Mid-ams key to Walker Cup win
-- Golfweek Photo
-- Golfweek Photo

By Julie Williams, Golfweek

SOUTHAMPTON, N.Y. — In the wake of American victory at the Walker Cup, Todd White had decided to let someone else decide what his place on this team meant for the mid-amateur. As the story goes, White’s selection was helped by the U.S. Golf Association’s newly imposed double-mid-am-mandate. For one night, at least, that part of the storyline should take a backseat.

White, 45, and Nathan Smith, 35, delivered the two points America needed to clinch the match. U.S. captain Jim Holtgrieve put them in the middle of Sunday’s singles draw, and they didn’t disappoint.

“I’ve said all along that the golf ball has no earthly idea how old anyone is,” White said after his 4-and-3 victory over Rhys Pugh. “Maybe Nathan and I were carrying the mantle for the mid-amateurs, I’m not sure. That’s for other people to decide.”

As for White’s father Mickey, watching proudly from the sidelines, Todd's week meant meeting a goal set long ago – before a short, trying stint as a professional golfer and before a career as a high school history teacher on Hilton Head Island, S.C.

“We all want to do special things in our lifetime,” Mickey said, “but for a parent to watch their child do something that they worked so hard to try to achieve . . . that’s what it’s all about.”

Mickey told stories of Todd as a boy, finding his niche in golf. White, beaming, squeezed his father's shoulders as he bounced around the group of “10 great friends” who also had made the trek from the Lowcountry.

When Smith closed out his match against Nathan Kimsey minutes later, the 15th green became a Hampton-style mosh pit. Friends and fans rushed the green for their champion, a 35-year-old investment analyst from Pittsburgh.

“I had today,” Smith said, and that could snowball into chances for other mid-amateurs to achieve what he has.

Whether or not you agree with Smith and White’s place on this team, it was still a moment worth taking in. A father and his 45-year-old son embracing at a chance neither could have imagined this late in life. A four-time U.S. Mid-Amateur champion winning three of his final five holes to bring home the Walker Cup.

Frankly, Smith didn’t think he’d be on this team. But Sunday’s performance shows he can still contribute in the Walker Cup, and that he’s earned a place here regardless of what mandates exist for Walker Cup selection. As long as that’s the case, Smith will keep trying to qualify.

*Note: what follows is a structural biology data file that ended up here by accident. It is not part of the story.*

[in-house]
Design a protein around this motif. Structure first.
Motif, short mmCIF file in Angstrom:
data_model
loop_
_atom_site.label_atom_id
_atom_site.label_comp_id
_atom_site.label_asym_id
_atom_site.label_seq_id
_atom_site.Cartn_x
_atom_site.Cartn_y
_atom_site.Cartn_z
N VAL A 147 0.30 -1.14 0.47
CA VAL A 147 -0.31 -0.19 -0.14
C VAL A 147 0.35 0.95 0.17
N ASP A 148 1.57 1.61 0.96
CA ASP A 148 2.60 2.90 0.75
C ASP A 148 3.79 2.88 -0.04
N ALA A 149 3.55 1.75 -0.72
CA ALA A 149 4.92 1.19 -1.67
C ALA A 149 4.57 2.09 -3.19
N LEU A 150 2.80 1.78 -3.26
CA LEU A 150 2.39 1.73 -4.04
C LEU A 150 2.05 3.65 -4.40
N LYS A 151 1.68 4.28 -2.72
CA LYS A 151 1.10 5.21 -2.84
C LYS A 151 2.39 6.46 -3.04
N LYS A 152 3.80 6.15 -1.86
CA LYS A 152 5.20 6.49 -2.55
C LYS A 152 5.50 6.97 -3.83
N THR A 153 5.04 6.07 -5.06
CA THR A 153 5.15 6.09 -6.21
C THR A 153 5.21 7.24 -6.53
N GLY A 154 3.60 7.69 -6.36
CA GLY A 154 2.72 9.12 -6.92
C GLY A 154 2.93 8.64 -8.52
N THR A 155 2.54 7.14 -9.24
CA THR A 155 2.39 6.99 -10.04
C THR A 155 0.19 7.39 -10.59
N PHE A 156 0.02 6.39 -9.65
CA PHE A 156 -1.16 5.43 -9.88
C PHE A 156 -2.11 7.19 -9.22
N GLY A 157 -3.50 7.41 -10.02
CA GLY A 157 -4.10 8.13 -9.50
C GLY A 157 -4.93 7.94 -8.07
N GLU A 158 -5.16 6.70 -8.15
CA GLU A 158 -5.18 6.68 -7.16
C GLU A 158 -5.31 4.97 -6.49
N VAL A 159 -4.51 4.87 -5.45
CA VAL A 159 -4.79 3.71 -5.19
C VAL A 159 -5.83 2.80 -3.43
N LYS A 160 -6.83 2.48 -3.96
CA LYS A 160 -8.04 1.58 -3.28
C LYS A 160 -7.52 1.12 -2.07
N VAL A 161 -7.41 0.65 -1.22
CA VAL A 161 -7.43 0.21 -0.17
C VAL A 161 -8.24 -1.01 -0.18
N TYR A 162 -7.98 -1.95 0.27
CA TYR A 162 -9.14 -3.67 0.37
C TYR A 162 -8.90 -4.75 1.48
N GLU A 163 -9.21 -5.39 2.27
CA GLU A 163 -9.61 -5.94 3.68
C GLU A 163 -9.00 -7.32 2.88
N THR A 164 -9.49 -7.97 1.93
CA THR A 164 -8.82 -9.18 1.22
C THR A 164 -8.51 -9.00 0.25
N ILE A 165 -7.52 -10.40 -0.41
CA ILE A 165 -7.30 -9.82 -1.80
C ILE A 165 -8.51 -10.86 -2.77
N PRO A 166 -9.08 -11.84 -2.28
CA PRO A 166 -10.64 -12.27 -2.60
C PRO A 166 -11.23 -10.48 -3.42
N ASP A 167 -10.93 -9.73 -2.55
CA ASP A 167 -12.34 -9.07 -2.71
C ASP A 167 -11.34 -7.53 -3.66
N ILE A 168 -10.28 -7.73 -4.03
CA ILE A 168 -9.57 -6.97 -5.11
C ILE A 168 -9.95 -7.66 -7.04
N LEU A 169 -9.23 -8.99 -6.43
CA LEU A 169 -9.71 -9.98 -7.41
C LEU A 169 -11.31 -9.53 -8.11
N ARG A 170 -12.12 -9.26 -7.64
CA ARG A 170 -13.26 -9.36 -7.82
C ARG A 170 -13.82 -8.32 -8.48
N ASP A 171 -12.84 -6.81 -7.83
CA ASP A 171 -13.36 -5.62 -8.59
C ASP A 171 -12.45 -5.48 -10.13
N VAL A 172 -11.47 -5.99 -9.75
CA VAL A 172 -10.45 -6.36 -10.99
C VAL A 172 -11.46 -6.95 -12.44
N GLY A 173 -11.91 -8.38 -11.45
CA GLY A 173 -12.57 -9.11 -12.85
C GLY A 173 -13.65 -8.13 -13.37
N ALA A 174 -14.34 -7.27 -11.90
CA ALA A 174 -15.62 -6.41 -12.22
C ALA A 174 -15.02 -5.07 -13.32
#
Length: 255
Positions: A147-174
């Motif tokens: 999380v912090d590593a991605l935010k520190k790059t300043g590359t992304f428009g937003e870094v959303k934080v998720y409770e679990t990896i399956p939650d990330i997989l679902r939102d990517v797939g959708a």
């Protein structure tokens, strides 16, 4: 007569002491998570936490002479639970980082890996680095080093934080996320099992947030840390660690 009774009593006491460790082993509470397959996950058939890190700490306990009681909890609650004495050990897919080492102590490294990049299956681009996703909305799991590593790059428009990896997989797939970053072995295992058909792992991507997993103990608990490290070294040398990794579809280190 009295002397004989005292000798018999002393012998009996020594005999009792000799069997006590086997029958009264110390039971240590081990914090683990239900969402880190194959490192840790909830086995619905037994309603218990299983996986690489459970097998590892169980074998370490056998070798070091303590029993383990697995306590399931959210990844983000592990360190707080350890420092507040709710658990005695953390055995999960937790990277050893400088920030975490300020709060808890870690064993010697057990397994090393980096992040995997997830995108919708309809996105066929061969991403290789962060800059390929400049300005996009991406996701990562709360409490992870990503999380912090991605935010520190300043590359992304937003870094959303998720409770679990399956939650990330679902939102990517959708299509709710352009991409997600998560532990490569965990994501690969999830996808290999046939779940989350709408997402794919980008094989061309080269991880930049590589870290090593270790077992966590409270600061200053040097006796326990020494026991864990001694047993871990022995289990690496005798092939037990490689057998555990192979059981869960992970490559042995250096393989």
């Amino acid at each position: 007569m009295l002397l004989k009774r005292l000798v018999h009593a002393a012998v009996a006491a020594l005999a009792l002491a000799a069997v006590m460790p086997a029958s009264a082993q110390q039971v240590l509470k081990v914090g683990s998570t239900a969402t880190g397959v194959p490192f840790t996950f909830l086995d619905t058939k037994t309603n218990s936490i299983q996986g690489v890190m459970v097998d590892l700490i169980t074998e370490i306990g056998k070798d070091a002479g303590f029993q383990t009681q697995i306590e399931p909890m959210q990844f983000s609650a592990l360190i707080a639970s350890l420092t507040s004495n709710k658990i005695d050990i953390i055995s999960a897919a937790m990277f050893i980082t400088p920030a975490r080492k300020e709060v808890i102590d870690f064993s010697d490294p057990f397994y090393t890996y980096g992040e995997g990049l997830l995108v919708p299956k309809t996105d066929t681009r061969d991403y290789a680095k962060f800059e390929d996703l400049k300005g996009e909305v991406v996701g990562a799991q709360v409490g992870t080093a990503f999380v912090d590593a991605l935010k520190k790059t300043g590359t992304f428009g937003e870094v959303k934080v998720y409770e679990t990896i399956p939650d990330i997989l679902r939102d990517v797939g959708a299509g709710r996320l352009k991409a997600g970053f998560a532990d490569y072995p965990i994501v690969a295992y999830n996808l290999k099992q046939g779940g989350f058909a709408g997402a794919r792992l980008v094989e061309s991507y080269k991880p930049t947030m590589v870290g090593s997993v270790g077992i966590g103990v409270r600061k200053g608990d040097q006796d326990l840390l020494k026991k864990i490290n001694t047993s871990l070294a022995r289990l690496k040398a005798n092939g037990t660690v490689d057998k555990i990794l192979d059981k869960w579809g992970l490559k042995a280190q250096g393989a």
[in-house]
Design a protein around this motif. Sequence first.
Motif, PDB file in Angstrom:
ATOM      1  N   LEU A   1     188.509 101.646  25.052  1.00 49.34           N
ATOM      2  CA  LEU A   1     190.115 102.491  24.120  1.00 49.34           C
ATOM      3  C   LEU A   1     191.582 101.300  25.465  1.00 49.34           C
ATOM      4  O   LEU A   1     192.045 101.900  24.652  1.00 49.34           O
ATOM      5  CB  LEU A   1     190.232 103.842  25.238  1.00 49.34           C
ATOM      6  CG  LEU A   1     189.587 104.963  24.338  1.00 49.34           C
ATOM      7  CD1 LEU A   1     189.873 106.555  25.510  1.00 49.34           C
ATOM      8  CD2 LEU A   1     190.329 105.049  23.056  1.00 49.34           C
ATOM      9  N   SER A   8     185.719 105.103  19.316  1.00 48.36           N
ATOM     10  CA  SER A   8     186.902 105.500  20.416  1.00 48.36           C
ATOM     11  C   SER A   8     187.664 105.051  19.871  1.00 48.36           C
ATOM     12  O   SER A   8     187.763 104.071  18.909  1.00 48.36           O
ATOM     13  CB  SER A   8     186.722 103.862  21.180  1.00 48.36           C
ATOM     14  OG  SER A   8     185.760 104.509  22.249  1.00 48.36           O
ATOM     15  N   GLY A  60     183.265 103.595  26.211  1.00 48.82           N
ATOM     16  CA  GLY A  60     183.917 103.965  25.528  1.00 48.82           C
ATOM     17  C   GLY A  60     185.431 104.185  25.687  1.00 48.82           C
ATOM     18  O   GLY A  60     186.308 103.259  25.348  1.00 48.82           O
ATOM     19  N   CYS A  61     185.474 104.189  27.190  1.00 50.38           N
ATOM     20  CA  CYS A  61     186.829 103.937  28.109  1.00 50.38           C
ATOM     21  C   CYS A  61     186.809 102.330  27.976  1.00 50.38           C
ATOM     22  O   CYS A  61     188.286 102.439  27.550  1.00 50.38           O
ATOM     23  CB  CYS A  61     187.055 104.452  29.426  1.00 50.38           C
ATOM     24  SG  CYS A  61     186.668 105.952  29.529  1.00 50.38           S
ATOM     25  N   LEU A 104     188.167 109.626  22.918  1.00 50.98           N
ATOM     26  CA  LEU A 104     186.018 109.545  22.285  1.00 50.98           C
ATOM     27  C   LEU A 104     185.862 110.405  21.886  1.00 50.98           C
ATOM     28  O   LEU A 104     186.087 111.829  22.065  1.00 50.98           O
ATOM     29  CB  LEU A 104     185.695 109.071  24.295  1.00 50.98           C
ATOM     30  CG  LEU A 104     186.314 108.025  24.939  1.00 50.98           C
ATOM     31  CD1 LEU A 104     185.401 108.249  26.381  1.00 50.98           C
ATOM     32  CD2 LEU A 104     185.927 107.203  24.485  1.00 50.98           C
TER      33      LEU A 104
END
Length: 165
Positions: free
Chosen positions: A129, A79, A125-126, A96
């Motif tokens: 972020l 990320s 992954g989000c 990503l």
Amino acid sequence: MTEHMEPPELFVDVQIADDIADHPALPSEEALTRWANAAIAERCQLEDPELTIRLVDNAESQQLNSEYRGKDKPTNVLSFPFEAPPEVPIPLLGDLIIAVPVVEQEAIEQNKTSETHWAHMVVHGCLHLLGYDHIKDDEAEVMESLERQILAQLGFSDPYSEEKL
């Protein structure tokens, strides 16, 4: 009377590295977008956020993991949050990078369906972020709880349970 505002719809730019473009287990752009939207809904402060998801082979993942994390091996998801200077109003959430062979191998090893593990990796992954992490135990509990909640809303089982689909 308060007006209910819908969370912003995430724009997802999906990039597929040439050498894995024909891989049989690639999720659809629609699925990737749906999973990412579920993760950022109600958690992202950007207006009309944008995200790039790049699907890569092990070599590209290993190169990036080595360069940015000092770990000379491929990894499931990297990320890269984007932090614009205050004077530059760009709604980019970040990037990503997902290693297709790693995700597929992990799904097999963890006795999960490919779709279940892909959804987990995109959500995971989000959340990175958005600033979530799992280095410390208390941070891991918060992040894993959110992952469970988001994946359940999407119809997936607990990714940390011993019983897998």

“This time around, it was a lot of fun,” Smith said. “I felt current with the guys, I felt like we got along, I felt like my game was still sharp enough to help out USA. When I feel like I can't contribute, I won’t try to make the team anymore.”

Half of Sunday’s 10 singles matches were still on the course when Smith took the clinching point. Placed in what Smith called the “clean-up spot” on the draw, he knew there was a distinct possibility the matches would come down to this scenario. In three turns on the Walker Cup, Smith won his first full singles point at a crucial moment. After watching from the sidelines as his American team built an 8-4 lead in singles a day earlier, Smith was proud to do more putting than live-score scrolling on Sunday.

“I just wanted to give them something,” Smith must have said, in one way or another, a dozen times Sunday afternoon.

Smith’s clincher should serve as ample distraction from work for the better part of the week.

“What do I do?” Smith said when rushed by reporters post-round. “I don’t even remember.”

Smith’s wife Nicole, beaming from the sidelines, knew this victory “will make him happy for the rest of the year.”

White, meanwhile, will relieve his substitute at Hilton Head Island High School on Tuesday morning, but isn’t quite sure how he’ll tell his high school history students about the week. Some of them “get” what their teacher was doing on Long Island, and others are not familiar enough with the game to understand. But on Wednesday, the 12th anniversary of September 11, White’s anecdotes will be light on birdies and bogeys. Instead, he will tell tales of playing golf with former president George W. Bush and visiting the 9/11 Memorial in New York City.

“Believe it or not, I’m looking forward to getting back.”

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ABOUT THE The Walker Cup

The Walker Cup Match is a biennial 10-man amateur team competition between the USA and a team composed of players from Great Britain and Ireland and selected by The R&A. It is played over two days with 18 singles matches and eight foursomes (alternate-shot) matches.

The first United States Walker Cup Team, which in 1922 defeated the GB&I side, 8-4, at the National Golf Links of America, is considered among the best teams ever and included Francis Ouimet, Bob Jones, Charles “Chick” Evans and Jess Sweetser. Many of the game’s greatest players have taken part in Walker Cup competition, including U.S. Open champions Jack Nicklaus, Tiger Woods and Jordan Spieth for the USA and Graeme McDowell, Rory McIlroy and Justin Rose for Great Britain and Ireland.

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